It’s OK to change your mind

I decided to stop work on a movie script that wasn’t turning out right. It was supposed to be a comedy, but it was becoming too serious, and I was becoming disenchanted with the characters and plot. So, I chose to leave the unfinished script on my hard disk and to pick up another story idea to write.

It’s OK to give up on a writing project that isn’t working. In fact, it’s OK to change your mind on a lot of things.

It’s OK to change your mind about a job. Years ago, I left a job that didn’t work out for me and found a job I enjoyed.

It’s OK to change your mind about politics. Ronald Reagan did. He went from being a New Deal Democrat to being the King of Conservatism. (I wonder how Reagan would have fared with today’s 24-hour news cycle and “no extreme is too extreme” blogosphere. He probably would have been written off as not conservative enough.)

I once advised middle school students about the importance of being flexible. When circumstances change, when you hit dead ends, when people aren’t who they say they are, you have the right to make changes. It is a strength — not a weakness — to reconsider. In a wind storm, would you rather be the reeds that bend but stay rooted, or the trees that snap at the trunk and collapse?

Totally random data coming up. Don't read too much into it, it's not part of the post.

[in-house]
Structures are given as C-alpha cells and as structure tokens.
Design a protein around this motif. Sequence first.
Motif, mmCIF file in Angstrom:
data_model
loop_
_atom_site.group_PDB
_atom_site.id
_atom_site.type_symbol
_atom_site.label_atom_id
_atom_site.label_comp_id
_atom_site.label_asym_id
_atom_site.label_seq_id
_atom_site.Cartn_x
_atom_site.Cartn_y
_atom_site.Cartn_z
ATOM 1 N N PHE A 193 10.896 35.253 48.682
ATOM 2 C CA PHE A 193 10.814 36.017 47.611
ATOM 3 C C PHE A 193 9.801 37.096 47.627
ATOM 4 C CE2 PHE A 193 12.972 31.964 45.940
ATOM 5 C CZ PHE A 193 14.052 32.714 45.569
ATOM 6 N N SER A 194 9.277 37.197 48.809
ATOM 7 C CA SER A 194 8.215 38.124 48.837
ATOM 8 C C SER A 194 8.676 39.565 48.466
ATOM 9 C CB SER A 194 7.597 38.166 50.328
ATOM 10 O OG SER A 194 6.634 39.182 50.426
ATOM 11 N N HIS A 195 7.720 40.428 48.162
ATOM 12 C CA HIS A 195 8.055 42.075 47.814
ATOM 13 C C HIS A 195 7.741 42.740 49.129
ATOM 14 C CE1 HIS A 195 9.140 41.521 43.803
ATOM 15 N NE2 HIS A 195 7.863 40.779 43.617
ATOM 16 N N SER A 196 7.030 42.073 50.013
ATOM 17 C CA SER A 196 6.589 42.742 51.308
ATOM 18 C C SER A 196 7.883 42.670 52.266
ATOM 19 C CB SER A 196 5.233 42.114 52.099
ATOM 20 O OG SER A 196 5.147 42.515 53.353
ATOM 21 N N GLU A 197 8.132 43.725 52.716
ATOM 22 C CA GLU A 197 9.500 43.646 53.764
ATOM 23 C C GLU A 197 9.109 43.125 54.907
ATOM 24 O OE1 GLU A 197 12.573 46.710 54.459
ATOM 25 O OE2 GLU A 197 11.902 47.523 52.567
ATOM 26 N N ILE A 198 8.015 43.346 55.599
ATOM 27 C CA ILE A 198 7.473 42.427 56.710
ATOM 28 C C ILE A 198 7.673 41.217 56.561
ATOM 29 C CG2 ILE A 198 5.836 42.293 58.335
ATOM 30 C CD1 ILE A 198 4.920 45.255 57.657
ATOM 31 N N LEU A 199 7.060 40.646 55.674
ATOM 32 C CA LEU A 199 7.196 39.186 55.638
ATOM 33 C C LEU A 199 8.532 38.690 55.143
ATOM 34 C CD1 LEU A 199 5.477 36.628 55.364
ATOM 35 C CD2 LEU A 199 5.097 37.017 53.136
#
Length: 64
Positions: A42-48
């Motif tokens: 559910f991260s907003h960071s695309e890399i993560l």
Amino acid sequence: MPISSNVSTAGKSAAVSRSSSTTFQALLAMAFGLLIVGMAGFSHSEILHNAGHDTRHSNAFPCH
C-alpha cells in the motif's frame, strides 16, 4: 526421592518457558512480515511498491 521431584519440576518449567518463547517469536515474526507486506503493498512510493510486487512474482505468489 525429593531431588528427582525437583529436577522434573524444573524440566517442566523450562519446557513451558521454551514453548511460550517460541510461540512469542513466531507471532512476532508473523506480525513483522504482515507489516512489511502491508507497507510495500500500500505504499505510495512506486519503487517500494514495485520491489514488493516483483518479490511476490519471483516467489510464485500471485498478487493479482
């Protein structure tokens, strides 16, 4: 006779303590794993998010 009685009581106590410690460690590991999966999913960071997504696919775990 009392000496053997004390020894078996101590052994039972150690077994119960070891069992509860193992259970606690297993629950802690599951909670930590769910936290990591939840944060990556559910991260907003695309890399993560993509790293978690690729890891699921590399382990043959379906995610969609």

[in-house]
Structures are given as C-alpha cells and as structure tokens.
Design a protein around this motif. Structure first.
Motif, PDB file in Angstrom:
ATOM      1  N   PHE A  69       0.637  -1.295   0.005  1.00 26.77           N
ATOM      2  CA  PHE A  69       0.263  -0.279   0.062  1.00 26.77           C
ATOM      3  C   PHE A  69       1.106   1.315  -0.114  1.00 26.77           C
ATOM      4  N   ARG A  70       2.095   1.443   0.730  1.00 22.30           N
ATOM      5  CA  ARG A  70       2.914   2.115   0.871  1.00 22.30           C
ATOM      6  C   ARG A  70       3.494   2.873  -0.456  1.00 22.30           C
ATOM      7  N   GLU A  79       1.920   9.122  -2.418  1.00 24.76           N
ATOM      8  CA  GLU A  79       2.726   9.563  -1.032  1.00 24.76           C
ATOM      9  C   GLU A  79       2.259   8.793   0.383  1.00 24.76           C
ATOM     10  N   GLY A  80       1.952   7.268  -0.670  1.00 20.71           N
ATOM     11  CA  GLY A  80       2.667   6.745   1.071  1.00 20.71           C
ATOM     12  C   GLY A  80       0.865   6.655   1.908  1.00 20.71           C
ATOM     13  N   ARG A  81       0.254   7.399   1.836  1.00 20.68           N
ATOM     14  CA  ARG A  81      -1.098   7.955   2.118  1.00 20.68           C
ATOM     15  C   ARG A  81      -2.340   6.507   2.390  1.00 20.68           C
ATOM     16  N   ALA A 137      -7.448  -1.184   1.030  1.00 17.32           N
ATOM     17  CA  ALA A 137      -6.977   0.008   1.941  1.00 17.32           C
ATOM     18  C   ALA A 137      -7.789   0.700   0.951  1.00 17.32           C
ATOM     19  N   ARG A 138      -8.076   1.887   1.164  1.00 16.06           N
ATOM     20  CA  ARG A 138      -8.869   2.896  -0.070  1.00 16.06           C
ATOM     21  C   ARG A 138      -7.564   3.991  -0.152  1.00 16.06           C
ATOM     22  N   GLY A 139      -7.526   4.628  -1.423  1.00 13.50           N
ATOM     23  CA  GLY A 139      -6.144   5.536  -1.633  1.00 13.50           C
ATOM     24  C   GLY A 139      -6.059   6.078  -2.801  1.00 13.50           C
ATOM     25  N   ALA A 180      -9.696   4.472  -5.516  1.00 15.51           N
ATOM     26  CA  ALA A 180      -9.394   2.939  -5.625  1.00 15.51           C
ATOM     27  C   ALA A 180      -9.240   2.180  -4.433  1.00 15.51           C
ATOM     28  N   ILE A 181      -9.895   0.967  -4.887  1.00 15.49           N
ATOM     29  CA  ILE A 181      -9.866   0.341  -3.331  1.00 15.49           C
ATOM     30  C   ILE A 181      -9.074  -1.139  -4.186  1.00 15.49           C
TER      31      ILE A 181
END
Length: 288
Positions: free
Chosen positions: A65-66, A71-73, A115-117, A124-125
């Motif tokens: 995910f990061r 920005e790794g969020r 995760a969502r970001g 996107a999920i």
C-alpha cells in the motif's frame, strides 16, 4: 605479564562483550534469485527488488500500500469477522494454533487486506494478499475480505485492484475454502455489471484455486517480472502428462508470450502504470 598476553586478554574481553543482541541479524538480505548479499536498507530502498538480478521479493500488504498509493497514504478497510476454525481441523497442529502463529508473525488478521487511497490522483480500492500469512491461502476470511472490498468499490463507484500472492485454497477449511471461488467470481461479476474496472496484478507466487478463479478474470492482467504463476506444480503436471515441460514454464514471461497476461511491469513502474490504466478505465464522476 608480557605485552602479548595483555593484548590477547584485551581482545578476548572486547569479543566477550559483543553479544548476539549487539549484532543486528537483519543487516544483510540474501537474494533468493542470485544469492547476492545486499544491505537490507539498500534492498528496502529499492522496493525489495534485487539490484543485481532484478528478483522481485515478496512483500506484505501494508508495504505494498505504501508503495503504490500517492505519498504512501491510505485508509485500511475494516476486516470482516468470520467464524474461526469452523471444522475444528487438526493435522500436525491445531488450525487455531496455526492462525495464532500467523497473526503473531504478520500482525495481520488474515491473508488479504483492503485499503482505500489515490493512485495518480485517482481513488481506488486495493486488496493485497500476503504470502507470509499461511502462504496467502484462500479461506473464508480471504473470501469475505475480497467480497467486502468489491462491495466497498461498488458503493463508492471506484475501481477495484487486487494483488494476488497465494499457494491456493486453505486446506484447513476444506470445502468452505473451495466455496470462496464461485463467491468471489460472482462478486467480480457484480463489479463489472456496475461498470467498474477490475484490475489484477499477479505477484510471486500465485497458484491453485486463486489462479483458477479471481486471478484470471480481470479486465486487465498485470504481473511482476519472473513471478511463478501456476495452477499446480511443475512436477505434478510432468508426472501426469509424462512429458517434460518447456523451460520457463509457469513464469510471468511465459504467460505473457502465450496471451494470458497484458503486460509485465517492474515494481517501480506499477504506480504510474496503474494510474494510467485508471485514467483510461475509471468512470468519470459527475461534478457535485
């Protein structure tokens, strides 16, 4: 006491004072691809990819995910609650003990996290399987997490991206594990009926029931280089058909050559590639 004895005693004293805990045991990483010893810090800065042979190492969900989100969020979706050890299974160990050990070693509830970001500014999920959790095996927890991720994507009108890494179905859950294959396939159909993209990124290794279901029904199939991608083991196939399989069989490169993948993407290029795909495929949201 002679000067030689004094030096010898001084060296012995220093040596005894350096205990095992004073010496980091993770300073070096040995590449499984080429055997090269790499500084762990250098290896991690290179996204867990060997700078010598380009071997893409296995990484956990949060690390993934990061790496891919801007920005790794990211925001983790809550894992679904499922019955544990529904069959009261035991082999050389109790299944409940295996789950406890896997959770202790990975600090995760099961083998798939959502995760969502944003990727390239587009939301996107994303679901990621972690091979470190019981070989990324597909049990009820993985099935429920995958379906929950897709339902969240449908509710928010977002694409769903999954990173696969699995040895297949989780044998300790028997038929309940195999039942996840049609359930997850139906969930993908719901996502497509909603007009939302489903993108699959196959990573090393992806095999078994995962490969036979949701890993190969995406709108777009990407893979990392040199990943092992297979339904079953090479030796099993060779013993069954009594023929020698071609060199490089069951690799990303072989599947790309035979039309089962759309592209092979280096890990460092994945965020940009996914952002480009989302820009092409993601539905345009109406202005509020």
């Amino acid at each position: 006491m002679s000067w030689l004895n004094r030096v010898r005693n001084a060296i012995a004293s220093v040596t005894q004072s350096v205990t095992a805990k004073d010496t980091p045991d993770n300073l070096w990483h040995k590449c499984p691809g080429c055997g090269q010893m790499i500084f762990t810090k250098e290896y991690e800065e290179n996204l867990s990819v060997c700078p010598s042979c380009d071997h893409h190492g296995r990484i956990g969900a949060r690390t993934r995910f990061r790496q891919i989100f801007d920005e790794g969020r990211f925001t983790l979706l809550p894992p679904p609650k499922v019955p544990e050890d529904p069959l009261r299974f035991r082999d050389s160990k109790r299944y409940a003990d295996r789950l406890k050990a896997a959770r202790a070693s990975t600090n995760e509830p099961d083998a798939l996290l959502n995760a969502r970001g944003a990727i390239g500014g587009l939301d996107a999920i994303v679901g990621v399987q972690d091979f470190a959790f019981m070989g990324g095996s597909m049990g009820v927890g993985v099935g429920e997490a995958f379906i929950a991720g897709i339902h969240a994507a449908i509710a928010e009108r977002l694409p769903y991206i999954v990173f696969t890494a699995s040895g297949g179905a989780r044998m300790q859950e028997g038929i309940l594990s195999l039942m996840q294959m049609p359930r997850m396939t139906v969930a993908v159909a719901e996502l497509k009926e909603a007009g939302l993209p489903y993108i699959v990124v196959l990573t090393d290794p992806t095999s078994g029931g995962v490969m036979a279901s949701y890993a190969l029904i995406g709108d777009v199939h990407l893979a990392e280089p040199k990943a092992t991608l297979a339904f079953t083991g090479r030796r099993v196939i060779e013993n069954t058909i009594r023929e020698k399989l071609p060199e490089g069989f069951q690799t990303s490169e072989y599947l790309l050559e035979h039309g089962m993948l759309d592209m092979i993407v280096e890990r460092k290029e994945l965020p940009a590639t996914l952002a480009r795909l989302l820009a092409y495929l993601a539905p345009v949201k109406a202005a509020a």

It’s OK to give up on a particular writing project as long as you keep writing. Or change jobs as long as you continue to pursue your career and your passions. Or change ideologies as long as you stay true to your values and principles. It’s OK to change your mind as long as you don’t change your spirit.